In the curve 80, a portion of which the light amount is small is denoted by a region 81. This portion corresponds to dark portions of interference fringes. In the state shown in FIG. 21, the detector 54A is arranged at a portion of which the amount of light is large in the graph 80. As a result, the detector 54A detects a large amount of light. On the other hand, the detector 54B is arranged at a portion of which the amount of light is small (this portion is partly overlaps with the region 81) in the graph 80. When the difference between the detected result of the detector 54A and the detected result of the detector 54B is obtained, a push-pull value can be obtained. As a result, the corresponding wavelength can be obtained. This theory was described in FIGS. 12 and 13.

In addition, when laser light beams having reverse phases coexist as shown in FIG. 15, the amount of light does not largely vary on the z axis. Thus, interference fringes do not clearly appear. In this case, the difference between the detected result of the detector 54A and the detected result of the detector 54B becomes almost 0. On the other hand, depending on the positions of the detector 54A and the detector 54B, there is a possibility of which there is a wavelength of which the difference of the detected results becomes almost 0 between the upper limit wavelength and the lower limit wavelength of the external cavity type semiconductor laser 50 (for example, in the example shown in FIG. 12 and FIG. 13 is 410.02 nm). In other words, a laser light beam having a unusable mode and a laser light beam having an usable mode may have a push-pull value of almost 0. However, in the foregoing two cases, such a wavelength can be effectively identified by determining adjacent push-pull values as will be described later.

Next, with reference to FIG. 22, the structure of the laser control portion 55 will be described. The laser control portion 55 is connected to the two-divided detector 54 and a semiconductor laser 94 disposed in the external cavity type semiconductor laser 50. In addition, the laser control portion 55 includes an NS determination circuit 91, a laser power compensation circuit 92, and a semiconductor laser drive circuit 93.

The detector 54A and the detector 54B of the two-divided detector 54 output currents corresponding to the laser powers of light beams to the NS determination circuit 91 of the laser control portion 55. The NS determination circuit 91 obtains the difference and the sum of the output of the detector 54A and the output of the detector 54B. Thereafter, the NS determination circuit 91 obtains a normalized difference signal (hereinafter, referred to as the NS). The NS is given by the following formula 9.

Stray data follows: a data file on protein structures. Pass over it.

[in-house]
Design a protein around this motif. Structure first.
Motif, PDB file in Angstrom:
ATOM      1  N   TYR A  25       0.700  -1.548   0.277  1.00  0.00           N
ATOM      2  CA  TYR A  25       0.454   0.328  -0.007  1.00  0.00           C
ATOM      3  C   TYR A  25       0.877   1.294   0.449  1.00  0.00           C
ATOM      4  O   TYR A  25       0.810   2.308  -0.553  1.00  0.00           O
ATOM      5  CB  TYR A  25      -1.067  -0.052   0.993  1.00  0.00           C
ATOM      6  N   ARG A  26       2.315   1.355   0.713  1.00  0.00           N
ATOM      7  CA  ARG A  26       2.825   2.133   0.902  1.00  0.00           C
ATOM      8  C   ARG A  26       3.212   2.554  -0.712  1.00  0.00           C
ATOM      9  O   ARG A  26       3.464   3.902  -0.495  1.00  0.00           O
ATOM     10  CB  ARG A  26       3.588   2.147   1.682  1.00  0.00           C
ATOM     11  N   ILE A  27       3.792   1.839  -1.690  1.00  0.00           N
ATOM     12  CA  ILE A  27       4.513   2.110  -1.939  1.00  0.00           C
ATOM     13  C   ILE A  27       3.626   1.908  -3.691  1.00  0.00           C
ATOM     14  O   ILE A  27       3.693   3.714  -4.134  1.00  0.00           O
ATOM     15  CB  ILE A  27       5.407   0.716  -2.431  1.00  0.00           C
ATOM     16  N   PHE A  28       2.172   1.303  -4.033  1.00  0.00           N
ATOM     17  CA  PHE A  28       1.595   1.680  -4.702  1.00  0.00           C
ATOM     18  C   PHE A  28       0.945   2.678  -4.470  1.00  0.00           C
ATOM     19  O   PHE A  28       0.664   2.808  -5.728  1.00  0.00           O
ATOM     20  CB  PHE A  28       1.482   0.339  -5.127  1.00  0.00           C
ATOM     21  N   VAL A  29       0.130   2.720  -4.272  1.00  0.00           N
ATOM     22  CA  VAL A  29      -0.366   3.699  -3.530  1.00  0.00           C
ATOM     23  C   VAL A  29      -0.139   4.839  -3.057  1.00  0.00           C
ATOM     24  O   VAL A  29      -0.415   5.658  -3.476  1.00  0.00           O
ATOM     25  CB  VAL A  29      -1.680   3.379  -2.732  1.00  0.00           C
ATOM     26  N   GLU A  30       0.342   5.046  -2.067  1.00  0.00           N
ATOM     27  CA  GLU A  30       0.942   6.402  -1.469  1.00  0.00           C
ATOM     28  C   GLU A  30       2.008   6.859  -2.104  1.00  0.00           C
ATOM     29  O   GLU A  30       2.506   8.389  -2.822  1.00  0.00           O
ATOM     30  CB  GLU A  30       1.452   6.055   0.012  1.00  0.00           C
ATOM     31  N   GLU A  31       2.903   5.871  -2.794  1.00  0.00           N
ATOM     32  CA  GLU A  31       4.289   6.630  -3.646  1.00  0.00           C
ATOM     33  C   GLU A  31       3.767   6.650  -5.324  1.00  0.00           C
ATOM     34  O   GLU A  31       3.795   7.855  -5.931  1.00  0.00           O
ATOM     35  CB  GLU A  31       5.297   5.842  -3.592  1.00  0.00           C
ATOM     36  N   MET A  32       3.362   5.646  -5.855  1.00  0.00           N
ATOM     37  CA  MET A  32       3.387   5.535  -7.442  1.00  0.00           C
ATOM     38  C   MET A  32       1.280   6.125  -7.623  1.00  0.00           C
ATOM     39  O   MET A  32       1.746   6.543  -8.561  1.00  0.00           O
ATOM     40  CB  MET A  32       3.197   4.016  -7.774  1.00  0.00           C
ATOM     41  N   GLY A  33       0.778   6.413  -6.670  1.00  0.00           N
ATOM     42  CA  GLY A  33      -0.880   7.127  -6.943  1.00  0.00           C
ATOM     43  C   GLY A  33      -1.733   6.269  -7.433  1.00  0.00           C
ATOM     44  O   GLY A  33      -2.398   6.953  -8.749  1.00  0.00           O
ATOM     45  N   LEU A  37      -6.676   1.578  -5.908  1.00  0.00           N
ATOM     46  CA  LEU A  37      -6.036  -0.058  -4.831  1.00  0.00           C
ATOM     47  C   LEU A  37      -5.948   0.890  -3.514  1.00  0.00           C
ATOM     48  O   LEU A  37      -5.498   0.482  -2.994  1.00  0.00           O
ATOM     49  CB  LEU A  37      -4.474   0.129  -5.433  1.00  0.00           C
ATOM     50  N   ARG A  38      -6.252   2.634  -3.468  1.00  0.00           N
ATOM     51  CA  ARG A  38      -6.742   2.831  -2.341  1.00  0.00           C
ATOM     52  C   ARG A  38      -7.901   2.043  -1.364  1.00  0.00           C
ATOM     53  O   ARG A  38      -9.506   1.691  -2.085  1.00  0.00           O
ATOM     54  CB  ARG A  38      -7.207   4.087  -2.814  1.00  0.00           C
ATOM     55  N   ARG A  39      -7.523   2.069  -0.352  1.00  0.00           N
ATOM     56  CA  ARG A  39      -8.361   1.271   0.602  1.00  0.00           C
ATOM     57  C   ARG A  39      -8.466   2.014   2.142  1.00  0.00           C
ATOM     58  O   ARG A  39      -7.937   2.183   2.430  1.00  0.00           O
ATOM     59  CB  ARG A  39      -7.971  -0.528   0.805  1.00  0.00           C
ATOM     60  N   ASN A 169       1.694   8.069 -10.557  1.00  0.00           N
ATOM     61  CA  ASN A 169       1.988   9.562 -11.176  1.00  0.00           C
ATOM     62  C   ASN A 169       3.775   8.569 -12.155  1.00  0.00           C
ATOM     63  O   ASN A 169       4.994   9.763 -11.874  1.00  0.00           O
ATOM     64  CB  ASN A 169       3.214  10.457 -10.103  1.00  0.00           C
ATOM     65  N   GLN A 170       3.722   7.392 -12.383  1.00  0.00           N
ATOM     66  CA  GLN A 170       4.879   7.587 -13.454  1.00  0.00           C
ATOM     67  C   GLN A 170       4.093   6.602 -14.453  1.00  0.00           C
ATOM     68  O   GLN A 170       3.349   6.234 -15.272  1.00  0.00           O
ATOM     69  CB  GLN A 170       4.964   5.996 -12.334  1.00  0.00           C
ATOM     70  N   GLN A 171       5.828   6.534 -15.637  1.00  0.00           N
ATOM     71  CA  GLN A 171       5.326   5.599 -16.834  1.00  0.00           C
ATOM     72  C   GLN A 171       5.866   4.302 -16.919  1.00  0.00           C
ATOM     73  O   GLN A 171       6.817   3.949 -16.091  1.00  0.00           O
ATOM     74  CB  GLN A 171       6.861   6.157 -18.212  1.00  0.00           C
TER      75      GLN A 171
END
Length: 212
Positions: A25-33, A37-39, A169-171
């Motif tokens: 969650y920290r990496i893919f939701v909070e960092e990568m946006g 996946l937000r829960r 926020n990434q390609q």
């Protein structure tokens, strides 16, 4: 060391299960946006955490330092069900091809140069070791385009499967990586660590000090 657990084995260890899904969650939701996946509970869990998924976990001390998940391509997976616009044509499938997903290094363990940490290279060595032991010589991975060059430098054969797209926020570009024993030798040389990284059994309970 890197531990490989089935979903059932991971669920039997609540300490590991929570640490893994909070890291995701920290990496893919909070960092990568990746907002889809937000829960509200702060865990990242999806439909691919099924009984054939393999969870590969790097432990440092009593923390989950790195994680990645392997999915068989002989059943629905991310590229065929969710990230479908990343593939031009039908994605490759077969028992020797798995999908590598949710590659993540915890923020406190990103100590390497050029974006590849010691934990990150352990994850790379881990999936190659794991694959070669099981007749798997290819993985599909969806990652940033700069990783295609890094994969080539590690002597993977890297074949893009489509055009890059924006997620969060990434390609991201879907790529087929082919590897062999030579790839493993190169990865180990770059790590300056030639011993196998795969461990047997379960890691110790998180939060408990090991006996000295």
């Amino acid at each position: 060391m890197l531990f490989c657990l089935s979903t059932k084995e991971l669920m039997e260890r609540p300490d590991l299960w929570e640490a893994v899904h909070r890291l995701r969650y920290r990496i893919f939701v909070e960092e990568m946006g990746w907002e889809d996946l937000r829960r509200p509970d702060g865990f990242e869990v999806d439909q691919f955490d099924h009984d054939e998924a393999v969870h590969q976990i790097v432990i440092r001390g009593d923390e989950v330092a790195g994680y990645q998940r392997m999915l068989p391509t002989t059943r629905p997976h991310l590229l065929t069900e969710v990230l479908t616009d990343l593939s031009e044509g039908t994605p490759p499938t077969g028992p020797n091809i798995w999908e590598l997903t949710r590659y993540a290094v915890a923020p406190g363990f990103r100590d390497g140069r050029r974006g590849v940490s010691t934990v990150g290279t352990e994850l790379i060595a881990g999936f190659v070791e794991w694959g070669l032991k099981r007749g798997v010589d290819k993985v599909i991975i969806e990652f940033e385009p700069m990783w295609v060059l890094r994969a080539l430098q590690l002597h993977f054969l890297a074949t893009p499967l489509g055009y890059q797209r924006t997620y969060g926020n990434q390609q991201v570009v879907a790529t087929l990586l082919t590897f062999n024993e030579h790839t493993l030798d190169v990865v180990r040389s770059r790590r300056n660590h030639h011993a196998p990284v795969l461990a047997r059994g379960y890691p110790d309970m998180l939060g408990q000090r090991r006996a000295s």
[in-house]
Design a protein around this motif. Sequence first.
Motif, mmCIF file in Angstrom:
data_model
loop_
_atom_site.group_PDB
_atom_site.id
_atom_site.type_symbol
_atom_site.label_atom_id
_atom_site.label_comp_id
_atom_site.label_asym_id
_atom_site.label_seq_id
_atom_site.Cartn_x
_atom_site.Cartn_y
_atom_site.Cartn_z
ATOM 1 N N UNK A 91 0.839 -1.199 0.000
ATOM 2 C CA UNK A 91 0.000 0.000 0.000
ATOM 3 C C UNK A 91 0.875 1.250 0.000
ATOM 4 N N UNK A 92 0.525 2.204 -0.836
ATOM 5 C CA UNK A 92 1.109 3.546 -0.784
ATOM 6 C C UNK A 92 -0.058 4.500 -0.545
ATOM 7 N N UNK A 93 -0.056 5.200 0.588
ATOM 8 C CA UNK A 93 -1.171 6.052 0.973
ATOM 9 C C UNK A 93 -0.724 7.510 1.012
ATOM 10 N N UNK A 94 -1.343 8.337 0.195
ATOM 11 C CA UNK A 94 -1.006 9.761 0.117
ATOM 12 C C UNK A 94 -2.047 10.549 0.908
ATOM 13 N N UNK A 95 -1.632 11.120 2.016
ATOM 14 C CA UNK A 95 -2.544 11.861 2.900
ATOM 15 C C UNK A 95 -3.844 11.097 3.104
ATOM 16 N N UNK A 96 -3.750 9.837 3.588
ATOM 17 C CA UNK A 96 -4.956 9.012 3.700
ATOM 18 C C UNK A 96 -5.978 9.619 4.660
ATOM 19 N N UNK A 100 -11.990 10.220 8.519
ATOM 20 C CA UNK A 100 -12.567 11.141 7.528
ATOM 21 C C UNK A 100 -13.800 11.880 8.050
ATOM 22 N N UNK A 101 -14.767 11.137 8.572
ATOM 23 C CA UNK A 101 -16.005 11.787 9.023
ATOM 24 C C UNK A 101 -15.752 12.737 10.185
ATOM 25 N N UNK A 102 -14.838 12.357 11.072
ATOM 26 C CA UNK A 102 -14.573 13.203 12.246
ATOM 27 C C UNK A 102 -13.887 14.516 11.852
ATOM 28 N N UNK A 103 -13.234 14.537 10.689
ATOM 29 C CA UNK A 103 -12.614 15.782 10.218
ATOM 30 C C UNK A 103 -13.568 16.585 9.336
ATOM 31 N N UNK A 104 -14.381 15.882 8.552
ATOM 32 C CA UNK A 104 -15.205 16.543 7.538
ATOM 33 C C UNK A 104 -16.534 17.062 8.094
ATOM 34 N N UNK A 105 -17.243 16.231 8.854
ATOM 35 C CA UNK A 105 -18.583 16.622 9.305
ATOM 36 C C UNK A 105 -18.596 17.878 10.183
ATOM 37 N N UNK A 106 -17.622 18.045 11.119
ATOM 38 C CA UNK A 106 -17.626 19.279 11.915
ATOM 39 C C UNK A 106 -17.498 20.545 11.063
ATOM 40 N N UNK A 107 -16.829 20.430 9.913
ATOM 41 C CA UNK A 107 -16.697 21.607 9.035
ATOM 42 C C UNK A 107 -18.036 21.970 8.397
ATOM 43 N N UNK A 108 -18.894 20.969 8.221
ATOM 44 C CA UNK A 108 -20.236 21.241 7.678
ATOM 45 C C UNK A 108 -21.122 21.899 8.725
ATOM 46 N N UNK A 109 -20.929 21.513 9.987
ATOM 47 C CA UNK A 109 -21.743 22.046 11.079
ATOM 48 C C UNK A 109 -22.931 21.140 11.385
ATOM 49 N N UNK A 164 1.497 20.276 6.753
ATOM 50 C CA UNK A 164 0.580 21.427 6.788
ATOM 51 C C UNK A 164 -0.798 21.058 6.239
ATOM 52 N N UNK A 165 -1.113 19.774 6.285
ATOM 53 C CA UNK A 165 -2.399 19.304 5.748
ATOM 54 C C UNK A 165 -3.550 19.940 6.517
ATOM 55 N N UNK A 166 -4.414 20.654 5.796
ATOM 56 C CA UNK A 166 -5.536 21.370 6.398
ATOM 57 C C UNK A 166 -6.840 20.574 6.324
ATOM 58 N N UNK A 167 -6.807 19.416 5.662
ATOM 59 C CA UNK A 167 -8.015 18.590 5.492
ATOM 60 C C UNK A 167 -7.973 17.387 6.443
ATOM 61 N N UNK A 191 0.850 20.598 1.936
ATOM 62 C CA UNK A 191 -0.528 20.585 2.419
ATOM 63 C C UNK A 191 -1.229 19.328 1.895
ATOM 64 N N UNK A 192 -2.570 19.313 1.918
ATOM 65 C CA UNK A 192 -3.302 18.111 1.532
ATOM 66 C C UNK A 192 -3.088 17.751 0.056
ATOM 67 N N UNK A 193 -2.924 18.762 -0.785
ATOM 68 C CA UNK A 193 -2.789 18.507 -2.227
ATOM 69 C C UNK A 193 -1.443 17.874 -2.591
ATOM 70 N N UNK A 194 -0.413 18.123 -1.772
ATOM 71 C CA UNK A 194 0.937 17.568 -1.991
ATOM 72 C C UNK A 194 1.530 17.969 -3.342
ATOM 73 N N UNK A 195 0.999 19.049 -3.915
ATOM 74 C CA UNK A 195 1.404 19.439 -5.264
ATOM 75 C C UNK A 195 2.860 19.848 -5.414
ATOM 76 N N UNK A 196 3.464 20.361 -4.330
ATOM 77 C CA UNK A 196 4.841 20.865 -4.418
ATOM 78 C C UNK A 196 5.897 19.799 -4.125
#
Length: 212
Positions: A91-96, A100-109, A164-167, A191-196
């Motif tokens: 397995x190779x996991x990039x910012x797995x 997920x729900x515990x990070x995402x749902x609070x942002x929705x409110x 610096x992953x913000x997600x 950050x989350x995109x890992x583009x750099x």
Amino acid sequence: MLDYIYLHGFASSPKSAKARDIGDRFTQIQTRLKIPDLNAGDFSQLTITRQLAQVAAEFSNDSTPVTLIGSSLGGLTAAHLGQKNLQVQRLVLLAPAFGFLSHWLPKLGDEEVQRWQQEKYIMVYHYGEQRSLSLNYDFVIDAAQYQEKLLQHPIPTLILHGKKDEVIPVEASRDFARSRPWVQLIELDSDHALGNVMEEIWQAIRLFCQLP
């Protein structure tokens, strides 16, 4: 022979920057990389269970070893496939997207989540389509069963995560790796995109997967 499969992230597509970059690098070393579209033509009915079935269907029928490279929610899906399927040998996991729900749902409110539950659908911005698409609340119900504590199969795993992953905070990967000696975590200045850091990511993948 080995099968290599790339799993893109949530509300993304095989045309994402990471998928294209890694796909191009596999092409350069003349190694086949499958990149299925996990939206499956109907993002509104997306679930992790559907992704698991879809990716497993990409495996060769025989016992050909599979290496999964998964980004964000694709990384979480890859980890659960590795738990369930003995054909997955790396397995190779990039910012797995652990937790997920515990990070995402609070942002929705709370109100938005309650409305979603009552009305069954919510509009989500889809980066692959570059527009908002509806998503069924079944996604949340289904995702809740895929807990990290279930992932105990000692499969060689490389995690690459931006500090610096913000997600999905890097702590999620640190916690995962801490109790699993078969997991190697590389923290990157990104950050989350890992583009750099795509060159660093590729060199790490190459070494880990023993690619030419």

NS=difference signal/sum signal  (formula 9)

Thereafter, the value of the NS is compared with a predetermined range. When the value of the NS does not exceed the predetermined range, a digital value 1 is output. In contrast, when the value of the NS exceeds the predetermined range, a digital value 0 is output. It is assumed that the predetermined range is for example from −0.4 to 0.4. In the example shown in FIG. 13, when the value of the NS (normalized push-pull value) becomes close to 0.5, the laser light beam becomes unstable and has an unusable mode that causes the wavelength to sharply vary. However, this threshold value can be adjusted depending on the position of the detector and the curve of light beams reflected from the optical wedge. With this threshold value, the boundary of which a light beam having a wavelength in the mode hop region of the external cavity changes to a light beam having a wavelength in the mode hop region of the laser chip of the semiconductor laser can be determined. As a result, a laser light beam having a unusable mode can be prevented from being emitted.

When the output of the NS determination circuit 91 is 1, the laser power compensation circuit 92 causes the semiconductor laser drive circuit 93 to change the laser power of the semiconductor laser 94. First, for example, the semiconductor laser drive circuit 93 sets the laser power of the semiconductor laser 94 to 33 mW. Whenever the NS determination circuit 91 outputs 1, the laser power compensation circuit 92 controls the semiconductor laser drive circuit 93 to alternately decrease and increase the laser power by 3 mW.